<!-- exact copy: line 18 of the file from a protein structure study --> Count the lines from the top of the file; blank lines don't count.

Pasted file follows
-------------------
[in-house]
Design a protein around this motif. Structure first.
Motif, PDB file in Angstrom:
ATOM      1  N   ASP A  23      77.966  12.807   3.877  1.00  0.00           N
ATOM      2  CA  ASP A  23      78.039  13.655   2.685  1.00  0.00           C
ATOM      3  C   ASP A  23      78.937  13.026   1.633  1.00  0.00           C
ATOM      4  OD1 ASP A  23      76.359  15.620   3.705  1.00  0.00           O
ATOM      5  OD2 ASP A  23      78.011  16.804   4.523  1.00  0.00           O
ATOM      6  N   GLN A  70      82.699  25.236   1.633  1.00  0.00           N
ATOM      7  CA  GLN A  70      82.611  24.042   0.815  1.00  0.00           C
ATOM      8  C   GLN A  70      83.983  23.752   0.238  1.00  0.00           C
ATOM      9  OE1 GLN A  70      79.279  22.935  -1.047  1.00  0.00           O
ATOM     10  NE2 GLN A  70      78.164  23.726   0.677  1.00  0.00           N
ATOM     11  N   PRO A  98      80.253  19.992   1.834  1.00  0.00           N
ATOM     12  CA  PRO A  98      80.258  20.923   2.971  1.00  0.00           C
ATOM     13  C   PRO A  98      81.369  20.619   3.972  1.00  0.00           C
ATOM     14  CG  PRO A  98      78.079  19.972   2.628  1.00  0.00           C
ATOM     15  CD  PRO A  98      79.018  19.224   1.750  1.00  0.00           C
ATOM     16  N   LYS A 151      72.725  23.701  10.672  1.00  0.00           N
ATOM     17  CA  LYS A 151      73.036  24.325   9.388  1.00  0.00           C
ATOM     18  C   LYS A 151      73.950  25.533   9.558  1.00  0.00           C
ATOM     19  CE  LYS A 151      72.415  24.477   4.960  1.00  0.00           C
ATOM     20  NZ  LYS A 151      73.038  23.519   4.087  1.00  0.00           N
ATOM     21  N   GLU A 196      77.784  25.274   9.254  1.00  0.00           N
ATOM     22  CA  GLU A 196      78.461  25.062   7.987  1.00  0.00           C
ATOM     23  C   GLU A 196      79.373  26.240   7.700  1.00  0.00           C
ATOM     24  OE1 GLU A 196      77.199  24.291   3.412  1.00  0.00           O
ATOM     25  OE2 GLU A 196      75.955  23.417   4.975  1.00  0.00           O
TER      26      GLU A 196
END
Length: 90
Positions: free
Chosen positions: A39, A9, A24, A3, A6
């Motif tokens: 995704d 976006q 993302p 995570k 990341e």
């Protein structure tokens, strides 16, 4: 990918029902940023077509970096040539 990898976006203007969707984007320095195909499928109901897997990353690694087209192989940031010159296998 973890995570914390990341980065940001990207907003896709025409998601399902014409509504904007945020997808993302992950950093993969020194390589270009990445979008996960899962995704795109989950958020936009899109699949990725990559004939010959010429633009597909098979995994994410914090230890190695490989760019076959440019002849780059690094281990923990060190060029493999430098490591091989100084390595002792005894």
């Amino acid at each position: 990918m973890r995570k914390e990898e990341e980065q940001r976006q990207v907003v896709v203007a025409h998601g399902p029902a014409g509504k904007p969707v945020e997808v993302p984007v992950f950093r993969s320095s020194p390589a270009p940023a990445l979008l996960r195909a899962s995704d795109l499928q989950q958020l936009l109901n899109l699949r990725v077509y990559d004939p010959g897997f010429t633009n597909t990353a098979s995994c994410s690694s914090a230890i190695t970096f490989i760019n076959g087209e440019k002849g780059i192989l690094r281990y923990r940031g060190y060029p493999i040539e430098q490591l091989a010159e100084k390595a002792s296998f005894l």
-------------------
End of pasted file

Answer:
ATOM     15  CD  PRO A  98      79.018  19.224   1.750  1.00  0.00           C